Antigua Observer | October 6th, 2011.
Caricom advised to end economic partnership with Europe
ST JOHN’S, Antigua – Caricom leaders have failed, as a group, to press European countries for reparations for the slave trade, social commentator Dr Radcliffe Robbins said yesterday.
As a result, he recommends that member states abandon the Economic Partnership Agreement (EPA) signed in 2008 with Europe.
“Our political leaders have not demonstrated the (fortitude) to stand up in forums as a united group and say, ‘we all suffered this history and as long as we talk to you about aid and development, aid and development must be seen with the perspective of reparations,’” Dr Robbins said on OBSERVER Radio’s Voice of the People yesterday.
The EPA is a comprehensive and development-oriented trading arrangement that replaces the previous non-reciprocal trading arrangement between the EU and the African, Caribbean and Pacific (ACP) countries.
Dr Robbins warned that sticking to the agreement would be a “serious mistake” as, he believes, the controversial trade deal will hurt the development of regional economies.
“Every single leader in Caricom should make a political decision that they’re going to go after reparations. You know why? They (European countries) do not wish to pay reparations and so to side-step us, and to make that impossible, they have introduced something they call the Economic Partnership Agreement,” he said.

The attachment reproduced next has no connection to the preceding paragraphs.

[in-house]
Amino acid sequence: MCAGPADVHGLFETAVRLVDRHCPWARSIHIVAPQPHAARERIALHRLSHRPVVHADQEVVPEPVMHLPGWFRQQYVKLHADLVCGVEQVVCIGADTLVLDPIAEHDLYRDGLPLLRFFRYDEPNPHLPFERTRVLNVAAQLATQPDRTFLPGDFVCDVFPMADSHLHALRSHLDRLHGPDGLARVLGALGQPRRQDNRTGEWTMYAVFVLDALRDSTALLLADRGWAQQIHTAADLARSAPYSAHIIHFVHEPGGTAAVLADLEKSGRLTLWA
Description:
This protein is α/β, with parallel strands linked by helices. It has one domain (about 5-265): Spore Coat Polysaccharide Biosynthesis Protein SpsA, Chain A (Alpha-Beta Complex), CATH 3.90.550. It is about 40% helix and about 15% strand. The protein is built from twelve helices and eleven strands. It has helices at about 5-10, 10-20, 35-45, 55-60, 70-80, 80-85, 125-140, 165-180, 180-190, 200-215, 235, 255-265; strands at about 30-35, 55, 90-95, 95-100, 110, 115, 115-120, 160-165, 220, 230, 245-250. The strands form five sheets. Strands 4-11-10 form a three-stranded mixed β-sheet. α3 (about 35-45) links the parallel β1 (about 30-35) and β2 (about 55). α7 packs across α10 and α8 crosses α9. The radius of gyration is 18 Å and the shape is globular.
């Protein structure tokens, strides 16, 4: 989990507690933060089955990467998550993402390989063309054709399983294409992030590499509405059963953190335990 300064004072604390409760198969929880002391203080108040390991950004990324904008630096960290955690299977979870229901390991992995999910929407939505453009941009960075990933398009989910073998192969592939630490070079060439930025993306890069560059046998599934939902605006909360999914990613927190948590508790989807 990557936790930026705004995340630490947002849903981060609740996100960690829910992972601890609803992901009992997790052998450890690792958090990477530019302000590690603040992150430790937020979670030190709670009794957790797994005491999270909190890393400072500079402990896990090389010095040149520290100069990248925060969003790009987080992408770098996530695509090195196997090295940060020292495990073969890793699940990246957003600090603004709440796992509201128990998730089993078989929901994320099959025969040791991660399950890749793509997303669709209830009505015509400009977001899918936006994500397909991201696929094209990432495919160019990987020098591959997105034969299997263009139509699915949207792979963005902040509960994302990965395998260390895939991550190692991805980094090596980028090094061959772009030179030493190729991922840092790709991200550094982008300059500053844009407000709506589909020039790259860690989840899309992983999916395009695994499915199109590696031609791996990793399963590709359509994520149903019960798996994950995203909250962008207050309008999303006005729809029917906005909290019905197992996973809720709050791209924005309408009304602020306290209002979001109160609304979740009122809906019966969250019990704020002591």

“The Economic Partnership agreement is a policy instituted by the Europeans to keep us so underdeveloped that it will become impossible for us to have the economic clout, the political clout, and the administrative clout to challenge them for the bigger issue which is reparations.”
The social commentator took issue with some residents who are opposed to reparations, saying that they are stoking divisiveness within the country.
He stressed that the issue is not so much about whether a particular state should be responsible, but rather the need to acknowledge that injustice was done.
“Arguments on the philosophy, on the concept are divisive and this generation who are alive in the year 2011 need to stand up and get beyond that. The economic argument has been made; the legal argument has been made. We now need to put in place the political mechanism that allows this to take place,” he said further.
“Let us understand that an injustice has been done and if an injustice has been done, then justice must be sought and if justice must be sought, how best can we seek that justice at this historical point.”
The debate over the issue was sparked by a call for compensation by Prime Minister Baldwin Spencer at the recently held UN General Assembly session in the US.